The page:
The Hennepin County Regional Railroad Authority agreed Tuesday to provide an additional $20.5 million for the Southwest light rail transit line between Minneapolis and Eden Prairie, bringing the agency’s share to $185.5 million, or 10 percent of the line’s costs.
The 6-1 decision was the first of three votes within two days by local planning and transit agencies on funding the project needs to continue moving forward.
The Hennepin County vote sets the stage for a discussion next month on gradually increasing property taxes to cover the additional Southwest light rail costs, Peter McLaughlin, the Regional Railroad Authority chair, said Tuesday.
Planners are also asking the Metropolitan Council and the Counties Transit Improvement Board to help cover a $144.5 million gap left behind after the state Legislature couldn’t agree to fund the line last session.
Met Council officials want an answer from each agency before August ends to avoid delays and cost increases on the $1.858 billion project, Met Council Chair Adam Duininck told the Hennepin County board Tuesday.
“This is a bad option,” he acknowledged. “But this is also … better than option two, which is to stop the project.”
Hennepin County Commissioner Jeff Johnson was the lone dissenter in the vote. He doesn’t think the line will have the impact most in the metro area are hoping for.
“Despite the enormous cost to build this, and enormous operating subsidies that we will pay every year forever as long as this thing runs, … this will do practically nothing to reduce congestion,” he said.
But other commissioners, including Marion Greene and Linda Higgins, said their constituents want the project to happen. Commissioner Mike Opat said the vote was “ulcer-inducing.”
“I cannot really express how disappointed I am that we are put in this position to plug the hole that the state, for some reason, cannot fill,” Opat said.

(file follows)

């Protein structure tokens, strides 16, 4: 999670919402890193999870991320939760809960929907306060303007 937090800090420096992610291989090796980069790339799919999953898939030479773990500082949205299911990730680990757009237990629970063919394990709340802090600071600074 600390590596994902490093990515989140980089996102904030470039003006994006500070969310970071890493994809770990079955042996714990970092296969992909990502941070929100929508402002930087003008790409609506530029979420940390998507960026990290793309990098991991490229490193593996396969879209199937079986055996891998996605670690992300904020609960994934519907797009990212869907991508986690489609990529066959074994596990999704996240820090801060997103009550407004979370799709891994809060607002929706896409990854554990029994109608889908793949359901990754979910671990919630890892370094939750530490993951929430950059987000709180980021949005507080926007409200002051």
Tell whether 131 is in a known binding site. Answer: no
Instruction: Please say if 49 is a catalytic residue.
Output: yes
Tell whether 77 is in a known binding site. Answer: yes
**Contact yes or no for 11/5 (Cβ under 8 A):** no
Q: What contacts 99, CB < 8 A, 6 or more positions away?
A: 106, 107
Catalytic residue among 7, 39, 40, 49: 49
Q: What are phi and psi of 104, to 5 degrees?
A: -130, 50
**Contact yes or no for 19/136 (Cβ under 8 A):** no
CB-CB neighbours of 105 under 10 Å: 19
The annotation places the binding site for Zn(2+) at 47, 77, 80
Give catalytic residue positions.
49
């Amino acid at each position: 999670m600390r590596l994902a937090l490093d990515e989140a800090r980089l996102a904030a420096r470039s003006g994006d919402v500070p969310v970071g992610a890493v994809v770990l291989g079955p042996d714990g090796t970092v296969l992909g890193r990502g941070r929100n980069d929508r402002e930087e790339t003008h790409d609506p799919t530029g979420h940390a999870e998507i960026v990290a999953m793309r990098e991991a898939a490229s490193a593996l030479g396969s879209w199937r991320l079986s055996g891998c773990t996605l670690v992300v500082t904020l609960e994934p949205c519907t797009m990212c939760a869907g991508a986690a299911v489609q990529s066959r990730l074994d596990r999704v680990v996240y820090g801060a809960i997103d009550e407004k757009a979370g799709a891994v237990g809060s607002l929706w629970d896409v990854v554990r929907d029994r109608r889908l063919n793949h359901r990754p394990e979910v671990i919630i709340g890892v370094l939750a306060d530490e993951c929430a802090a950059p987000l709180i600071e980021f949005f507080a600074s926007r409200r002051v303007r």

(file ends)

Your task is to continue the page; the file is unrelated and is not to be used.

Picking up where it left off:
On Wednesday morning, the Counties Transit Improvement Board will vote on a similar measure to increase its funding commitment by $20.5 million. CTIB will consider the funding request while already in the midst of reshuffling its long-term budget due to new constraints after one of its members, Dakota County, announced it would leave the group earlier this year.
The board will also decide whether to finance $11.75 million in certificates of participation, which are similar to bonds, but are generally seen as riskier investments to buyers and come with higher interest rates.
Wednesday night, the Metropolitan Council will decide whether to finance the remaining $91.75 million with certificates of participation that would bridge the rest of the funding gap.
If the three agencies aren’t on board with the new funding proposal, laid out last week at a stakeholder conference convened by Gov. Mark Dayton, the project will shut down, Duininick said.
The Met Council is facing a deadline this year to apply for $928.5 million in federal funding for the project. In order to make that application competitive, all local funding must be committed, Duininck said Tuesday.
“The fact is that without resources, at least an ability to encumber them and point to them at the [Federal Transit Administration], we do not have the ability to do essential project activities,” he said.